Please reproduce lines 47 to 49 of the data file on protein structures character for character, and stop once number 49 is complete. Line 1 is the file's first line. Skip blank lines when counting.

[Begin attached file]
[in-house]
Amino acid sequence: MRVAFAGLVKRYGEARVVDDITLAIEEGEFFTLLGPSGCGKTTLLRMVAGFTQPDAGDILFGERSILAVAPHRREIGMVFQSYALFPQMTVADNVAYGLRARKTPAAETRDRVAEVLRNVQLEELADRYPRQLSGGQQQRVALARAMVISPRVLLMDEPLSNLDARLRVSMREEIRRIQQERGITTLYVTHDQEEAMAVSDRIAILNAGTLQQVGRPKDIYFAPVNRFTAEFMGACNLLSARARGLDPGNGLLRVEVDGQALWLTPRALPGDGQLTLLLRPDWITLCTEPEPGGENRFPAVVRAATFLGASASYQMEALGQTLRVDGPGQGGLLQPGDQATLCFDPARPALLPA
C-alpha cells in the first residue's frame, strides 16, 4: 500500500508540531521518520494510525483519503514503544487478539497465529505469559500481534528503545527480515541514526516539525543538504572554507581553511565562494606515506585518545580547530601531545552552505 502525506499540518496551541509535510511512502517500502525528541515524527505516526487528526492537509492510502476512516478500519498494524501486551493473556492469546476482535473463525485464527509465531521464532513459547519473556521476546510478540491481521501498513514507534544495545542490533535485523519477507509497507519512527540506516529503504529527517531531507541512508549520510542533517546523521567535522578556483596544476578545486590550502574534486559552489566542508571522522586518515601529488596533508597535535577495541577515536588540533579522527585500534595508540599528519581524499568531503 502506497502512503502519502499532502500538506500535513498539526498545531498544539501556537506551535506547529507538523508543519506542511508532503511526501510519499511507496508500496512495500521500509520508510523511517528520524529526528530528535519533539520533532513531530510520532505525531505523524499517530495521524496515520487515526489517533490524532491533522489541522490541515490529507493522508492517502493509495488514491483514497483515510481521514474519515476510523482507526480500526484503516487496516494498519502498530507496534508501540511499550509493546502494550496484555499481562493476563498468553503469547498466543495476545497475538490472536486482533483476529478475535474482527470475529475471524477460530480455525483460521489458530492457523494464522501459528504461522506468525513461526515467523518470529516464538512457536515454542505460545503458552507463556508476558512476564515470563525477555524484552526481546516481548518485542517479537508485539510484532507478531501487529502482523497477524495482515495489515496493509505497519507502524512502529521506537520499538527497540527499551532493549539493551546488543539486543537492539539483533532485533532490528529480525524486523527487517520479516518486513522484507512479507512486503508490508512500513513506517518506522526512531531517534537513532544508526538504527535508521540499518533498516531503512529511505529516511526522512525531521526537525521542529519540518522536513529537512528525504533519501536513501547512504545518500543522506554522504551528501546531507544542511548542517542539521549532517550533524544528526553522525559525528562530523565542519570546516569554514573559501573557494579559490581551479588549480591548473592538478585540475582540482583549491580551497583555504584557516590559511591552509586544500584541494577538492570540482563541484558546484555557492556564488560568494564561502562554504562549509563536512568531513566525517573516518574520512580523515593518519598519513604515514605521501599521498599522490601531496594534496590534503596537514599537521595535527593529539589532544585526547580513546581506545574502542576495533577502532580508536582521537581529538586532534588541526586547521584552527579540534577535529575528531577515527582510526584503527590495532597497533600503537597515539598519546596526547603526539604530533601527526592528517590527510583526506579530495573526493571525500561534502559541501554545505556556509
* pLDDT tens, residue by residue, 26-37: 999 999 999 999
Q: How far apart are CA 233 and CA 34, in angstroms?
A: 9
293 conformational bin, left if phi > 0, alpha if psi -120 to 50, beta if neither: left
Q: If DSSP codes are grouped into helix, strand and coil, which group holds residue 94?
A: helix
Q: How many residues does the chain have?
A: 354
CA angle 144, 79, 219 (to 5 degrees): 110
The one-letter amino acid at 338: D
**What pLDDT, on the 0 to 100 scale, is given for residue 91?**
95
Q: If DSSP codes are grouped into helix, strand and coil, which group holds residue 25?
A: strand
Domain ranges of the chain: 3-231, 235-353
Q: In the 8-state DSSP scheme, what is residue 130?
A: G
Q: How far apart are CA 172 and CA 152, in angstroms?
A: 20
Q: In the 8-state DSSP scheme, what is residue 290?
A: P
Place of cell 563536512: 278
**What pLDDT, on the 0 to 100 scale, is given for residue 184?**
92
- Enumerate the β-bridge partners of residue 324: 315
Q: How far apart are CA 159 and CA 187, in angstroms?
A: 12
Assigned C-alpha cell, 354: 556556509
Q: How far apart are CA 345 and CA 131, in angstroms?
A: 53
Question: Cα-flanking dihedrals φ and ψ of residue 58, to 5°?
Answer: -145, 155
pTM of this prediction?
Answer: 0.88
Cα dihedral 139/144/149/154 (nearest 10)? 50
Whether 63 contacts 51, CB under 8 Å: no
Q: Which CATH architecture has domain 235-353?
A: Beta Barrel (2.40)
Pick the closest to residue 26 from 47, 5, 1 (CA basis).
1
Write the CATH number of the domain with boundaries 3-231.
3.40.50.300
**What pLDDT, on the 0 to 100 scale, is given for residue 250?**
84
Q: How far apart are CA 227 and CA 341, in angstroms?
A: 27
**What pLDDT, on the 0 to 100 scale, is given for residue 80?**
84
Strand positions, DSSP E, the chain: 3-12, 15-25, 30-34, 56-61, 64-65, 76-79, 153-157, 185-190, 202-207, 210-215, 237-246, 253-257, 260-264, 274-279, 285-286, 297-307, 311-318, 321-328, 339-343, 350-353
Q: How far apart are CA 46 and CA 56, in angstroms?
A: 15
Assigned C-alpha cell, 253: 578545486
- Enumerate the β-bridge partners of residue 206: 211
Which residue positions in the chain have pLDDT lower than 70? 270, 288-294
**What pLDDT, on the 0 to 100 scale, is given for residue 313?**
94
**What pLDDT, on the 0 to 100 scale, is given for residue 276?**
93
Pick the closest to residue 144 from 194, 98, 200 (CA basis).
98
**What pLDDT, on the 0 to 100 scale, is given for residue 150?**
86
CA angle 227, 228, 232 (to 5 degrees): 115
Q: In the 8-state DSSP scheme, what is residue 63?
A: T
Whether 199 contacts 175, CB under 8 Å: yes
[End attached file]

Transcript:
84
Q: How far apart are CA 227 and CA 341, in angstroms?
A: 27